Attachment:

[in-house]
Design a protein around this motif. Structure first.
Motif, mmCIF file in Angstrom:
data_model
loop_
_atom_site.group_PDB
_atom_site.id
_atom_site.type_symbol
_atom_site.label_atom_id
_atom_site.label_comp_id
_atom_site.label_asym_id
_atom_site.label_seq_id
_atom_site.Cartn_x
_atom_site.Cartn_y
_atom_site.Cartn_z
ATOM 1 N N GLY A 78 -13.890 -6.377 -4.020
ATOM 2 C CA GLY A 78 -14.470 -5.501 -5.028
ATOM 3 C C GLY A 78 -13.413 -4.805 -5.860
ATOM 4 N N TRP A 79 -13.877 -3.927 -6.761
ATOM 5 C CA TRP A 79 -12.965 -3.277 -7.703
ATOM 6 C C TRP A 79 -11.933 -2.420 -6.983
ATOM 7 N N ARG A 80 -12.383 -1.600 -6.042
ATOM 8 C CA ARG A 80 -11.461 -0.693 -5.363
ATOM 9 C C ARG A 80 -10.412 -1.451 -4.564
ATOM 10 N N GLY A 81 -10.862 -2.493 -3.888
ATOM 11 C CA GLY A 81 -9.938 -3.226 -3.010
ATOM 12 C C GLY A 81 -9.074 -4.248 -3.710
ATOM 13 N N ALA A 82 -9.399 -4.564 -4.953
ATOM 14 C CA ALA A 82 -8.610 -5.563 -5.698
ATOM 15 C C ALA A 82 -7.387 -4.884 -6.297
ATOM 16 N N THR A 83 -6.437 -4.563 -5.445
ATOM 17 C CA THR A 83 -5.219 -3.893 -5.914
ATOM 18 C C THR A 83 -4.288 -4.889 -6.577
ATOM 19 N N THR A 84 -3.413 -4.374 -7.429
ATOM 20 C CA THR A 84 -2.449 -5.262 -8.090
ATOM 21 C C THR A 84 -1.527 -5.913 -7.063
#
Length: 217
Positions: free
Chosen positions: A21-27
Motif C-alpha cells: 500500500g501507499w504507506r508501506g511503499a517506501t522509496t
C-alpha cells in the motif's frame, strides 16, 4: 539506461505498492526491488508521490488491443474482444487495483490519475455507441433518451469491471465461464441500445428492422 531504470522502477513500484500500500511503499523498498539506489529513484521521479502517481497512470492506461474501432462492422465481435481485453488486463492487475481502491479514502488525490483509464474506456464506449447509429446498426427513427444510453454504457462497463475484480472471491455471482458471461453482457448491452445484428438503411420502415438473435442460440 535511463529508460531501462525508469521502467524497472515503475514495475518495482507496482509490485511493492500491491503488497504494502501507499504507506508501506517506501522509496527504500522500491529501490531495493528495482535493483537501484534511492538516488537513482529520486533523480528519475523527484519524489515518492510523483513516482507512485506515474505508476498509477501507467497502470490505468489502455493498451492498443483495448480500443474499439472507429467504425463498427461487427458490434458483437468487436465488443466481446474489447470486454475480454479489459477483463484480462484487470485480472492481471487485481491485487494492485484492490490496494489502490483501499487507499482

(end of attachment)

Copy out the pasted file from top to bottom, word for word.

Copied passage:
[in-house]
Design a protein around this motif. Structure first.
Motif, mmCIF file in Angstrom:
data_model
loop_
_atom_site.group_PDB
_atom_site.id
_atom_site.type_symbol
_atom_site.label_atom_id
_atom_site.label_comp_id
_atom_site.label_asym_id
_atom_site.label_seq_id
_atom_site.Cartn_x
_atom_site.Cartn_y
_atom_site.Cartn_z
ATOM 1 N N GLY A 78 -13.890 -6.377 -4.020
ATOM 2 C CA GLY A 78 -14.470 -5.501 -5.028
ATOM 3 C C GLY A 78 -13.413 -4.805 -5.860
ATOM 4 N N TRP A 79 -13.877 -3.927 -6.761
ATOM 5 C CA TRP A 79 -12.965 -3.277 -7.703
ATOM 6 C C TRP A 79 -11.933 -2.420 -6.983
ATOM 7 N N ARG A 80 -12.383 -1.600 -6.042
ATOM 8 C CA ARG A 80 -11.461 -0.693 -5.363
ATOM 9 C C ARG A 80 -10.412 -1.451 -4.564
ATOM 10 N N GLY A 81 -10.862 -2.493 -3.888
ATOM 11 C CA GLY A 81 -9.938 -3.226 -3.010
ATOM 12 C C GLY A 81 -9.074 -4.248 -3.710
ATOM 13 N N ALA A 82 -9.399 -4.564 -4.953
ATOM 14 C CA ALA A 82 -8.610 -5.563 -5.698
ATOM 15 C C ALA A 82 -7.387 -4.884 -6.297
ATOM 16 N N THR A 83 -6.437 -4.563 -5.445
ATOM 17 C CA THR A 83 -5.219 -3.893 -5.914
ATOM 18 C C THR A 83 -4.288 -4.889 -6.577
ATOM 19 N N THR A 84 -3.413 -4.374 -7.429
ATOM 20 C CA THR A 84 -2.449 -5.262 -8.090
ATOM 21 C C THR A 84 -1.527 -5.913 -7.063
#
Length: 217
Positions: free
Chosen positions: A21-27
Motif C-alpha cells: 500500500g501507499w504507506r508501506g511503499a517506501t522509496t
C-alpha cells in the motif's frame, strides 16, 4: 539506461505498492526491488508521490488491443474482444487495483490519475455507441433518451469491471465461464441500445428492422 531504470522502477513500484500500500511503499523498498539506489529513484521521479502517481497512470492506461474501432462492422465481435481485453488486463492487475481502491479514502488525490483509464474506456464506449447509429446498426427513427444510453454504457462497463475484480472471491455471482458471461453482457448491452445484428438503411420502415438473435442460440 535511463529508460531501462525508469521502467524497472515503475514495475518495482507496482509490485511493492500491491503488497504494502501507499504507506508501506517506501522509496527504500522500491529501490531495493528495482535493483537501484534511492538516488537513482529520486533523480528519475523527484519524489515518492510523483513516482507512485506515474505508476498509477501507467497502470490505468489502455493498451492498443483495448480500443474499439472507429467504425463498427461487427458490434458483437468487436465488443466481446474489447470486454475480454479489459477483463484480462484487470485480472492481471487485481491485487494492485484492490490496494489502490483501499487507499482